Buying a house: things to avoid

Ok, so hubby and I have been trying to buy a house. We found a great Queenslander in our chosen suburb, in good condition and basically untouched, with lovely bones and a big backyard. We made an offer (we thought a pretty low offer) and it was accepted. Argh! It was an ambit claim! And we thought we had no chance. So then we went on the hunt for a home loan. There the snags began. We talked to my bank because they have my history, and would be able to see the money going into my account over time. I’m considering that this was not necessarily the best decision. Here is a checklist of things to do BEFORE bidding on your dream home:

  1. Ensure your financial affairs are in order. We had a terrible job doing our tax and my company Profit/Loss statements so that we’d have the right information for them in the time needed for the “subject to financial approval” clause. We feel for our poor accountant. On the plus side, both of us are due to have big returns this year. Getting an accountant to do one’s tax is much better than doing it oneself.
  2. Have a decent credit rating. When I moved house, I missed a Gas bill. It was put on my credit history as a bad debt: all $224 of it. I didn’t know this and spent a fair whack of time thinking my poor credit rating was for something much bigger. Well, I paid it off as soon as I finally found out, didn’t I?!
  3. Have your deposit ready. My family is gifting me some money, but they had not put the money in my account prior to the bank application. Apparently the bank needs what they call “asset accountability”: in other words, to have the money in the bank. My poor folks have had to hop to it to get the money to me by the due date: this is SO silly.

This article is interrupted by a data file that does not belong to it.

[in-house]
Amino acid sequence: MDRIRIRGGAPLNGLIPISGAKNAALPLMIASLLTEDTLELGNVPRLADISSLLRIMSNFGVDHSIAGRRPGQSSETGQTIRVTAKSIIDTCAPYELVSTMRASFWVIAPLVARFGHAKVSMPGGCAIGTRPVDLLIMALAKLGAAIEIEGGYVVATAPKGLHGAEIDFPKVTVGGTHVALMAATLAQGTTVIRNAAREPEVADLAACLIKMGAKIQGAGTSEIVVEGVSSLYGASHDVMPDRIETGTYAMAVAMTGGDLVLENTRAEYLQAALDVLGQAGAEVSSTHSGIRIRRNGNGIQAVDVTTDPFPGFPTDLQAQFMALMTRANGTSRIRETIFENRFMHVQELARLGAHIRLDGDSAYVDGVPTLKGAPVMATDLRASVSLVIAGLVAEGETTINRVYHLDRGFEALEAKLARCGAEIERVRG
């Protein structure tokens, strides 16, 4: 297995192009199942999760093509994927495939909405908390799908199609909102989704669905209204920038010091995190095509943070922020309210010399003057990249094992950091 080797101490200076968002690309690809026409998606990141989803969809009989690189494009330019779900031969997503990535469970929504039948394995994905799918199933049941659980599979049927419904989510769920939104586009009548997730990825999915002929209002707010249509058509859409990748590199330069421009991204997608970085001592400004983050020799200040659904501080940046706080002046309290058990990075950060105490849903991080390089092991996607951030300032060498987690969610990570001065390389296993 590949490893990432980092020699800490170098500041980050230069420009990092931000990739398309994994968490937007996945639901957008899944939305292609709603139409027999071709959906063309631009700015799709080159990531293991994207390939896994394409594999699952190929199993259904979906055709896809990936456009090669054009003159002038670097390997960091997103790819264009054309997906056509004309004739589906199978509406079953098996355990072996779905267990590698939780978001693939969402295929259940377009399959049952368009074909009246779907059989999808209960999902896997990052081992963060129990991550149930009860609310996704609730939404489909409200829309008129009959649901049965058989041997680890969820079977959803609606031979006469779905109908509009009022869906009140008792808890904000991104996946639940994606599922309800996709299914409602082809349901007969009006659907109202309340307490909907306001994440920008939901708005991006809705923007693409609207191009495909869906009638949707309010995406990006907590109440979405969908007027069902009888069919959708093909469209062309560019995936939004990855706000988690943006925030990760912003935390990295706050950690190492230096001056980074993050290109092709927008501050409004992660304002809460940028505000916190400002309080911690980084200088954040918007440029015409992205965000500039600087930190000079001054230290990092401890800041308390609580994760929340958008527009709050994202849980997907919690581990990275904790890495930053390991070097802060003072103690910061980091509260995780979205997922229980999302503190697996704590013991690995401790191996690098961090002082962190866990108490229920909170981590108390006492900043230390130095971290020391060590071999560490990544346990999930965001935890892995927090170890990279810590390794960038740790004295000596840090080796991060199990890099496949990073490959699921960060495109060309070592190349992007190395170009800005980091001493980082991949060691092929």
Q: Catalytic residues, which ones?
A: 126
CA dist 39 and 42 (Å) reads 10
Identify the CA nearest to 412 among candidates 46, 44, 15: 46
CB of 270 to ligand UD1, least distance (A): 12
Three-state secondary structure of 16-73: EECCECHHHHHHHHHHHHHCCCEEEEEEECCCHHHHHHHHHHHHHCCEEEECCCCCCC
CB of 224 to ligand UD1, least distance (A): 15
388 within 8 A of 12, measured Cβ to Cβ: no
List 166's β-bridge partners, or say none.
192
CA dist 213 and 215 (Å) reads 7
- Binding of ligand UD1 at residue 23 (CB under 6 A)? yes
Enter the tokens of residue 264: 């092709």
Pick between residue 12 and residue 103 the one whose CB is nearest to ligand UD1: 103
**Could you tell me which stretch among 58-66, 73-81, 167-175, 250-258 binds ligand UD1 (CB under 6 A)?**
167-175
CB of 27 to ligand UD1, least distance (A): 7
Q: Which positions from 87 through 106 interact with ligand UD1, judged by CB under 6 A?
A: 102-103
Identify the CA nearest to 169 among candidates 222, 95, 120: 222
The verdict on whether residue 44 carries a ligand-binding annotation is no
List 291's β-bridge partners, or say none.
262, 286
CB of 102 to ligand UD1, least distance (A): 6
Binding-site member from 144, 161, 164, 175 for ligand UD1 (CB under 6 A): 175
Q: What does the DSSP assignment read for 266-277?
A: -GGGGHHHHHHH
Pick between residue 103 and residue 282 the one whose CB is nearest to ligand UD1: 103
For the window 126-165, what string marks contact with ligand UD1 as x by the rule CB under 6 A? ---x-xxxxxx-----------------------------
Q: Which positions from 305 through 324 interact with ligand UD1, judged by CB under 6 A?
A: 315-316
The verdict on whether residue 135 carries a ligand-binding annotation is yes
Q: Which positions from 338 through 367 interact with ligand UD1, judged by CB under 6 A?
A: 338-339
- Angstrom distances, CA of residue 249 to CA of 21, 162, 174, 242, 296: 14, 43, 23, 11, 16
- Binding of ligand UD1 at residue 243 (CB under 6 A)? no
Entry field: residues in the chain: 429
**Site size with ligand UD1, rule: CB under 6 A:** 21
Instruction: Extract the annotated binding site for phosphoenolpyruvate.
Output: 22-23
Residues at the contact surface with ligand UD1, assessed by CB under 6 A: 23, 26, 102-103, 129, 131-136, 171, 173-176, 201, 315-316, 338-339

4. Get pre-approval from your bank BEFORE deciding to buy a house…
  5. Have a full time job. Don’t be a student on a stipend or earning a small income doing other things. Don’t own a company or be self-employed. And for goodness’ sake don’t think that just because you pay $600 per week in rent that you can afford to meet mortgage payments of a similar amount over 25 years. Don’t think that. The bank sure doesn’t.

This is the ongoing saga of our house hunt. And I am going a little bit mad because of it. Sleep: an overrated activity.

The continuing saga…a day later…

It occurs to me that banks, with their many many years of experience in handling loans, might have a better way of organising them. Everything feels so retrograde. Why not tell us at the beginning of the process that we need to provide this, and this, and this, and this, which we could have done WEEKS ago, instead of ringing us every few days saying: by the way, could we please now have this piece of paper? Well, if you’d only asked a few weeks ago, we wouldn’t now be on tenterhooks waiting to hear whether we beat the “subject to financial approval clause” because you FORGOT to tell us what else to provide. Sheesh! On the plus side, we now have cautious approval. NOT unconditional, but it’s close. When we sign and seal the deal, will be when I celebrate, I reckon. Give me the freaking keys already! And for those of you in the US, our house, at a cool $500000 odd, is not a grand affair. It is a comfortable, elegant but untouched Queenslander in good nick, but which needs lots of work. So there. Urgh. Let this week be over, let there be contracts signed.

Saturday, a day later….

Well, we got it. The bank decided in its ineffable wisdom, that we were the types of people deserving of money for a home loan. I am still not sleeping very well, but boy am I feeling happier! We have been sent the unconditional approval letter, and we are on the road to signing papers next week, and settlement in two weeks. Wow. In the end, it all went very fast, and now I am panicking about getting the floors sanded and the house stumps replaced and the plumbers in and termite blasting before we move in four weeks. So there is a check list to complete for all of the next part of the journey. This check list will probably cost us a lot of money we don’t have. This is not really the fun part. But the thought of being able to choose where to hang one’s pictures goes a long way to feeling good about our move.



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